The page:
“I went to a traditional high school, and it just wasn't working for me at the time,” she said. “I stumbled across ASU Prep Digital online ... and I fell in love with it.” 

Reckinger said she was grateful for the tight-knit virtual community and the confidence her peers and educators gave her to succeed.

“This is a great place to flourish. You’re on your own time and your own schedule, but you have amazing support and amazing helpers to be there for you,” she said. “They’re there to see you succeed.”

ASU Prep Digital CEO Julie Young calls the partnership an example of ASU’s commitment to the idea of the universal learner — typified by learning anywhere, anytime and continually through our lifetimes.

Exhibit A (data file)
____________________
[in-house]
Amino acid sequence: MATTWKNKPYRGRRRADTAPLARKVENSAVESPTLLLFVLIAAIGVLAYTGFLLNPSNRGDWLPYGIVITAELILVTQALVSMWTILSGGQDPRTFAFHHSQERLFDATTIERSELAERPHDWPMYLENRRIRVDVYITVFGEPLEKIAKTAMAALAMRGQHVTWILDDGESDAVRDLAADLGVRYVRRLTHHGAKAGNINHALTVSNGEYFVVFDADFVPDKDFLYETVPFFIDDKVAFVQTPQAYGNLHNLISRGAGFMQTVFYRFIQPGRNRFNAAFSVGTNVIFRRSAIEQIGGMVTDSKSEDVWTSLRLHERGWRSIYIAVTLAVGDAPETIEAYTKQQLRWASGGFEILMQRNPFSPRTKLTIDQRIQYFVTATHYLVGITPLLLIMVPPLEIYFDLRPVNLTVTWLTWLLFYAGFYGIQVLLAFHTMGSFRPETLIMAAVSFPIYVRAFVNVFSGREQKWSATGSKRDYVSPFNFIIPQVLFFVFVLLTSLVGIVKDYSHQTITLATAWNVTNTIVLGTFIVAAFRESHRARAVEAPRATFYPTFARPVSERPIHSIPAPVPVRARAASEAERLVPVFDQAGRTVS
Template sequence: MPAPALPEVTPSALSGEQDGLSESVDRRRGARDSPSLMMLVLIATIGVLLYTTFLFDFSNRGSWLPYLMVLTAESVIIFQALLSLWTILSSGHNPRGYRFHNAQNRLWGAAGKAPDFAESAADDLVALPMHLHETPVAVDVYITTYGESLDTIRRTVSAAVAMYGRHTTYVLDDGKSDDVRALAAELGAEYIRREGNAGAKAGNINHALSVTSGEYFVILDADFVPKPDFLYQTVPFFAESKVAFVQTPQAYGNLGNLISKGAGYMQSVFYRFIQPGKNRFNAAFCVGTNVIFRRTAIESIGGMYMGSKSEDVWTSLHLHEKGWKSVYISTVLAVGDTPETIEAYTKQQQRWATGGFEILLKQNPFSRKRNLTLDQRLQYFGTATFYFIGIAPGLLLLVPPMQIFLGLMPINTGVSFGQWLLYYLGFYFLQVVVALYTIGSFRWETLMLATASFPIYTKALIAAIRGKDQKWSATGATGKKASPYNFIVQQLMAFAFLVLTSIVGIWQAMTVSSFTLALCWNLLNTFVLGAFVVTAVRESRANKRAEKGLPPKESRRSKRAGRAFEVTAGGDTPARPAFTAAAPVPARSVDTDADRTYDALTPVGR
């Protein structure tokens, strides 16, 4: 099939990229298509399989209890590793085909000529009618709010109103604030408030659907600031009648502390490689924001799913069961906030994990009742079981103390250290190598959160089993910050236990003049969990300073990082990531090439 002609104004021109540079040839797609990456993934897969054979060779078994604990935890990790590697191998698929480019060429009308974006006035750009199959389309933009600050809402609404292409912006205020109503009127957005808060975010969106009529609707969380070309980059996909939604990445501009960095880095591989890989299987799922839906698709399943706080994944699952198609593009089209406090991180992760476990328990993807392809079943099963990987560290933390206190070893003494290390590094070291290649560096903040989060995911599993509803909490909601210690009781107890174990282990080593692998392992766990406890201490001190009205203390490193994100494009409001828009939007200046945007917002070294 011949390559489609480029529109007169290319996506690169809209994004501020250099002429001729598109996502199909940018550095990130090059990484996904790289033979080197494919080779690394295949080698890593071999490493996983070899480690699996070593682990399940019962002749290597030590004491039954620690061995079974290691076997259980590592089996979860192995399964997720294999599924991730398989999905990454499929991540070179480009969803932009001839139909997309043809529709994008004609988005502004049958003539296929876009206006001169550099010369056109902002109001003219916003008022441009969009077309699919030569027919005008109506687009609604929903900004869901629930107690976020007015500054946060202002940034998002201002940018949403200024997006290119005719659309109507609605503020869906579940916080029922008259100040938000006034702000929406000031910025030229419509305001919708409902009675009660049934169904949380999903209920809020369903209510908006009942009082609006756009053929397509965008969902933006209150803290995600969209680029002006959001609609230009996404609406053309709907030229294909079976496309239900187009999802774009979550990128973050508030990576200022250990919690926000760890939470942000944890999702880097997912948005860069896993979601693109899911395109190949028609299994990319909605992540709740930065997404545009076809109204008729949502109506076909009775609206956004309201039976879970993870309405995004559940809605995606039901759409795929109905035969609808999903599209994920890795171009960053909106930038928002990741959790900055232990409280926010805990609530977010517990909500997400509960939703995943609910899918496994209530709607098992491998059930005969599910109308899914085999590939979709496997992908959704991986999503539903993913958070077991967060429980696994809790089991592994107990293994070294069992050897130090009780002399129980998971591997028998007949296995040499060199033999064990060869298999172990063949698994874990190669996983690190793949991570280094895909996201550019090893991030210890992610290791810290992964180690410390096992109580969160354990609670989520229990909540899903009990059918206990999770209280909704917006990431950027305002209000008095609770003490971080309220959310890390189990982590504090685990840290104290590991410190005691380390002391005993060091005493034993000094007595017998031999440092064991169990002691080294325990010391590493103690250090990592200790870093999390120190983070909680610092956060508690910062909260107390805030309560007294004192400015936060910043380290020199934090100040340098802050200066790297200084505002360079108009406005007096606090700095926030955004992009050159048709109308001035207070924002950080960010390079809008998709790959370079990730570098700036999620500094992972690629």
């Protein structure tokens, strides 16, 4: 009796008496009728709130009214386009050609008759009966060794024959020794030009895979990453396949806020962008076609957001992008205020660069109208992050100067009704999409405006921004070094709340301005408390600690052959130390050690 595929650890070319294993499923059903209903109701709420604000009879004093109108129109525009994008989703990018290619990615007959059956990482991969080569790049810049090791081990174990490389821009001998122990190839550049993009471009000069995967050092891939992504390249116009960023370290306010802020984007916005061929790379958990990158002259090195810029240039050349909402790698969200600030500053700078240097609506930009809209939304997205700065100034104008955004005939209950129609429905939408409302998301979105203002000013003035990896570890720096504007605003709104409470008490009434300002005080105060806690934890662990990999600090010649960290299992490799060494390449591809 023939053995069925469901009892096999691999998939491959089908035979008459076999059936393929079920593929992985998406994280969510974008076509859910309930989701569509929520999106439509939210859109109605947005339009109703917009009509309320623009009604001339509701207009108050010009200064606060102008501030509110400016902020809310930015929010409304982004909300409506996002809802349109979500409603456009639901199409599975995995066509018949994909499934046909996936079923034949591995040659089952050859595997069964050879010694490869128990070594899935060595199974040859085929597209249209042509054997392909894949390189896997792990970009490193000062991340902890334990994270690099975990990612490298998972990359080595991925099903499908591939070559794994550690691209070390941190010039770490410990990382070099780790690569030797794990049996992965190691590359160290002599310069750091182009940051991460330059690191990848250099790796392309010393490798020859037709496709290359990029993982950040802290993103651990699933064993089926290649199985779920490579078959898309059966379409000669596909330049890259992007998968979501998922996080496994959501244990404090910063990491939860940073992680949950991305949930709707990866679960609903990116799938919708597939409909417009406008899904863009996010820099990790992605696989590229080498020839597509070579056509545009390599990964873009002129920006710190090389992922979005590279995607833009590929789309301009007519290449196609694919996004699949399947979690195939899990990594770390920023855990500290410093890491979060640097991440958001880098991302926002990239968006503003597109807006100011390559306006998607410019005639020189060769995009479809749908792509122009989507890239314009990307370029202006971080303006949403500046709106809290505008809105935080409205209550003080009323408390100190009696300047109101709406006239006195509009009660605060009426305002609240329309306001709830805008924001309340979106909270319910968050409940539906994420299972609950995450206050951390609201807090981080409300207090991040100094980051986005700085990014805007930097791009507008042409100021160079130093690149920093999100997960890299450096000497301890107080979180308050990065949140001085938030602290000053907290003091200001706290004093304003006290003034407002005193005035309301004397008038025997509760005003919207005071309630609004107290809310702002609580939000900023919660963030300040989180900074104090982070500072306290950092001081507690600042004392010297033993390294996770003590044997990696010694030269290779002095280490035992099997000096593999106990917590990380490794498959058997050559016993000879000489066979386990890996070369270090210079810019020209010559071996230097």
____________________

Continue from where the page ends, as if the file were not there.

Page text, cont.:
“We couldn’t be happier,” Young said. “Utah students are gaining an outstanding college prep program that is embedded in the most innovative university in the nation. As our teachers and learning success coaches work with students, we have the joy of watching students thrive and, some for the first time, gain the confidence to go on to college. Some are even the first in their families to attend college. We love being part of that, whether in Arizona, Utah or anywhere else.” 

Learn more about the ASU Prep Digital-Juab School District partnership. Students will be able to enroll beginning Aug. 19.

Hannah Moulton Belec

Marketing content specialist, Educational Outreach and Student Services

480-965-4255